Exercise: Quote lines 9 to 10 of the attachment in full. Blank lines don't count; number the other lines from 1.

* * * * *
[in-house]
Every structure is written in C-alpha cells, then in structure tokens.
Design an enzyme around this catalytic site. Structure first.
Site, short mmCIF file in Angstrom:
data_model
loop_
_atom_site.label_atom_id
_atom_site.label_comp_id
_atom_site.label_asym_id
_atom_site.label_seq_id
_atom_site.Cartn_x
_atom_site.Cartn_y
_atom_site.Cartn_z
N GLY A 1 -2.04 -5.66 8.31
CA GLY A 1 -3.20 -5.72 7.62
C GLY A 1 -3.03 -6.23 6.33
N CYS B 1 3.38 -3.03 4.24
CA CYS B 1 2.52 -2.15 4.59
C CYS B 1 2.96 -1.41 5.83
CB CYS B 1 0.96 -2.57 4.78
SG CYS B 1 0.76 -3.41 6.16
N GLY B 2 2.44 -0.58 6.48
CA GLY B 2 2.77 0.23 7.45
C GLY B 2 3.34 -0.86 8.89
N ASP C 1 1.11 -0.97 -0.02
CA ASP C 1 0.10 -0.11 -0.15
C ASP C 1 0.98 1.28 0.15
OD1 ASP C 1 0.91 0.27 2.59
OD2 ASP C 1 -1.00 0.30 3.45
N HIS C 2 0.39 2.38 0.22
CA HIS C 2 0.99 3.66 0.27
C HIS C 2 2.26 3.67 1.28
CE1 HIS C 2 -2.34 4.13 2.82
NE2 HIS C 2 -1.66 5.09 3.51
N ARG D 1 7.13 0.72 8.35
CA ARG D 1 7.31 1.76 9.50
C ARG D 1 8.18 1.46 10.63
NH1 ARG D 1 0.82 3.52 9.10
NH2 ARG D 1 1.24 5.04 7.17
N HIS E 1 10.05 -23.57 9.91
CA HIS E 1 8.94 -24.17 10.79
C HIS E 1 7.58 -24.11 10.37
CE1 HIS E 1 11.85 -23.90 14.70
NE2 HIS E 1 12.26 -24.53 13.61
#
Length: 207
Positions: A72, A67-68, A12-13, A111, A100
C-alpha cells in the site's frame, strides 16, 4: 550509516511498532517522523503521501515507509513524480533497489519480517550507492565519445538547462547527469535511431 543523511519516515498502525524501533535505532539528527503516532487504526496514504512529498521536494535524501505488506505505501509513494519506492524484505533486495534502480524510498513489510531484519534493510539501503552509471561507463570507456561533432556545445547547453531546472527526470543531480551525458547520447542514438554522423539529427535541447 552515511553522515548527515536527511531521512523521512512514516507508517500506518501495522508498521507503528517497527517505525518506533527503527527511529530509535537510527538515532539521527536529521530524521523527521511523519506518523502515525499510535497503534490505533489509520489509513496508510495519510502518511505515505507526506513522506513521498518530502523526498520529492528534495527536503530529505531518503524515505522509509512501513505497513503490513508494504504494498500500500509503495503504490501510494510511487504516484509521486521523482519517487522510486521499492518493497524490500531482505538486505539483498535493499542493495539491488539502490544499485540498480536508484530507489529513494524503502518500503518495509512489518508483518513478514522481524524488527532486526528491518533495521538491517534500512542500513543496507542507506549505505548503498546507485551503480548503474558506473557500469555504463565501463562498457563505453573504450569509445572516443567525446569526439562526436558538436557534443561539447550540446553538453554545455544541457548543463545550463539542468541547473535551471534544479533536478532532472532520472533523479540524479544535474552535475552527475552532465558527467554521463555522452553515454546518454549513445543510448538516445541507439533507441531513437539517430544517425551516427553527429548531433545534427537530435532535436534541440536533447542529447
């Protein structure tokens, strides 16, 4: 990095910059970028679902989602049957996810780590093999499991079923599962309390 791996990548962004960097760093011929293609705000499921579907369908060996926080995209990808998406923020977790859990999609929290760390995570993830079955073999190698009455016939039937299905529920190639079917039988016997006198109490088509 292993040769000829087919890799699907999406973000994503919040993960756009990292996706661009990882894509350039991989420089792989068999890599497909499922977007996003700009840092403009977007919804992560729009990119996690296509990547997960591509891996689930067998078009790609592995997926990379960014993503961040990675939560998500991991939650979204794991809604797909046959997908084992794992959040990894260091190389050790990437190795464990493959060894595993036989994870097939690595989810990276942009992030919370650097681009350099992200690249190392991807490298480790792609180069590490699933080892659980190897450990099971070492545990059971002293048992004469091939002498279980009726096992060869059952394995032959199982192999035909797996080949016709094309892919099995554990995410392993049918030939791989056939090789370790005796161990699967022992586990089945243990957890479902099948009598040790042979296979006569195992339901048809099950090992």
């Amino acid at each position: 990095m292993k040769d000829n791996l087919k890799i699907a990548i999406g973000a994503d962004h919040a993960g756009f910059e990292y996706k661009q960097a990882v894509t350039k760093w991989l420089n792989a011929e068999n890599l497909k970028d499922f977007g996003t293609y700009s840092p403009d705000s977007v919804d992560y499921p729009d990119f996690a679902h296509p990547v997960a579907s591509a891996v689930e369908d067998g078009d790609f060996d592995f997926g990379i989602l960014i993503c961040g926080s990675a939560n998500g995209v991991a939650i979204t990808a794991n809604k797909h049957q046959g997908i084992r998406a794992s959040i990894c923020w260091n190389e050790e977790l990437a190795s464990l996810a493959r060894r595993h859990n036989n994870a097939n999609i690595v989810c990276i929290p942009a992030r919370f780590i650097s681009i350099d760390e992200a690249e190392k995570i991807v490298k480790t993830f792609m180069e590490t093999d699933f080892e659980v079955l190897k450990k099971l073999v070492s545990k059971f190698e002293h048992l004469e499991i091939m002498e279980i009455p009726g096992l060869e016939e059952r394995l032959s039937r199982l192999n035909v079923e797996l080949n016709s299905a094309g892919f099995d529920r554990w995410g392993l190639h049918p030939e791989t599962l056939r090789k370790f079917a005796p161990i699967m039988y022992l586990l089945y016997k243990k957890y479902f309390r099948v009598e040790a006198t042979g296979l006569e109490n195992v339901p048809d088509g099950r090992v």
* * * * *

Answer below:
_atom_site.label_asym_id
_atom_site.label_seq_id